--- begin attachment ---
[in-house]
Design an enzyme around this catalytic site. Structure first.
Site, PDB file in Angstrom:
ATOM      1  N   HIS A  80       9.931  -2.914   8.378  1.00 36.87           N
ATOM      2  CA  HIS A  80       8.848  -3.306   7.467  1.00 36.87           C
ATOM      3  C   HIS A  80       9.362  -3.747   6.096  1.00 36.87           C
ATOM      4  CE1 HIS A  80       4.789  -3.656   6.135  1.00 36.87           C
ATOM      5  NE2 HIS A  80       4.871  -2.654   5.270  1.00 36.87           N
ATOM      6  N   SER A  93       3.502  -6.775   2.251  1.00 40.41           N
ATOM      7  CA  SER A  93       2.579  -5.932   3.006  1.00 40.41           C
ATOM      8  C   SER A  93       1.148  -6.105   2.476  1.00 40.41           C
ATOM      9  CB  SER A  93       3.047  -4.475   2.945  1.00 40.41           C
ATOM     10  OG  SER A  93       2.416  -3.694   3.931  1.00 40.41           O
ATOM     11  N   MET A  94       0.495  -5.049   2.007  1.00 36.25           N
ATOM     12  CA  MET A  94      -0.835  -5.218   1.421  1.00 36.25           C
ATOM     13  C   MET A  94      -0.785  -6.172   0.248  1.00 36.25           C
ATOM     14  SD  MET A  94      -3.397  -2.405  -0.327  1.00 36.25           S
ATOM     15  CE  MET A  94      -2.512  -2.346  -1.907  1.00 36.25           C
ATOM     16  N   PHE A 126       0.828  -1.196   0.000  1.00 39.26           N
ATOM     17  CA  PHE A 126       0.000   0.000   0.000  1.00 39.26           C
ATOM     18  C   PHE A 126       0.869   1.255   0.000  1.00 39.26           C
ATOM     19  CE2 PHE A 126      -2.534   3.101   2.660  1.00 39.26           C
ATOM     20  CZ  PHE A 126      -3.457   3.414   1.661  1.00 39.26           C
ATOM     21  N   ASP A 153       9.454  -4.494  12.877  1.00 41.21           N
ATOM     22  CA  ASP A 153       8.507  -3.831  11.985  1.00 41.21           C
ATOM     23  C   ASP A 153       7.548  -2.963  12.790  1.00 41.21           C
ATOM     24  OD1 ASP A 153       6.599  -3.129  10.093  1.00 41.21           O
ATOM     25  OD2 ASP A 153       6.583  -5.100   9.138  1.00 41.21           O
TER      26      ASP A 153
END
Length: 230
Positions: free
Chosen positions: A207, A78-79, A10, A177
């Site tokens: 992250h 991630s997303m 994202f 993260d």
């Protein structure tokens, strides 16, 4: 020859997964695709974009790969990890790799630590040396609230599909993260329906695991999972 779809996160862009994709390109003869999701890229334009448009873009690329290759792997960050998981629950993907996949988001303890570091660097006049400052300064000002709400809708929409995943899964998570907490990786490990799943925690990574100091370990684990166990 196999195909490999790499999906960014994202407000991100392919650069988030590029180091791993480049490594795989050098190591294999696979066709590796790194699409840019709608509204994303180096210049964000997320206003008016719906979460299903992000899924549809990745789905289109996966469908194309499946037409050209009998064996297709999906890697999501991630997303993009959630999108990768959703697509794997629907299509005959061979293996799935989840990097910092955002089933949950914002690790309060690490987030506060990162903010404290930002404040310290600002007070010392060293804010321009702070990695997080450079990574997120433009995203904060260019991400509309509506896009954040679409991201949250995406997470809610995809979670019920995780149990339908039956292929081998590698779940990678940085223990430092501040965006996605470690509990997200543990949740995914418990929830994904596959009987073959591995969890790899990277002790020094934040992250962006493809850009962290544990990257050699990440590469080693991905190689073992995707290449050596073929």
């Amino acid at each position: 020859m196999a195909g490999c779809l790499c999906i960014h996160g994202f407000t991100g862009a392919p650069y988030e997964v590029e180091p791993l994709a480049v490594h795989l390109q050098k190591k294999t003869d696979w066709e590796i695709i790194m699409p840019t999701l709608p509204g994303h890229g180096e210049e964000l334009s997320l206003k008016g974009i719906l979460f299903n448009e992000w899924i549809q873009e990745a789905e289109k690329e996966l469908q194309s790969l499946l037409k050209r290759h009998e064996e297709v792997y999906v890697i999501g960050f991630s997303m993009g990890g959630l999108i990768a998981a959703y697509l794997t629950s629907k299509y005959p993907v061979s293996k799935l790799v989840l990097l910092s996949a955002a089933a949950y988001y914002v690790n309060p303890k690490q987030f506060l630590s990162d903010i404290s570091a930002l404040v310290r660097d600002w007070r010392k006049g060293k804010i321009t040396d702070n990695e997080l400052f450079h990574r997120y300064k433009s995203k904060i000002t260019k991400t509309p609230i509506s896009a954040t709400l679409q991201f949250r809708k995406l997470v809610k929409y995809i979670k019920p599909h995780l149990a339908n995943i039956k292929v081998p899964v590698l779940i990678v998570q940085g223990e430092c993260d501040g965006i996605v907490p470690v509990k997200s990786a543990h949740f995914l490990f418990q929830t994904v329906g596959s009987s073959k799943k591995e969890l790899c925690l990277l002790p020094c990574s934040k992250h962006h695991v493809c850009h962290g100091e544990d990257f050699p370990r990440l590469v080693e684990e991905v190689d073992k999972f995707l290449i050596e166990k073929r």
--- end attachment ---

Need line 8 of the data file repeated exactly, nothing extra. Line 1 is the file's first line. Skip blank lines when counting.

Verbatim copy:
ATOM      5  NE2 HIS A  80       4.871  -2.654   5.270  1.00 36.87           N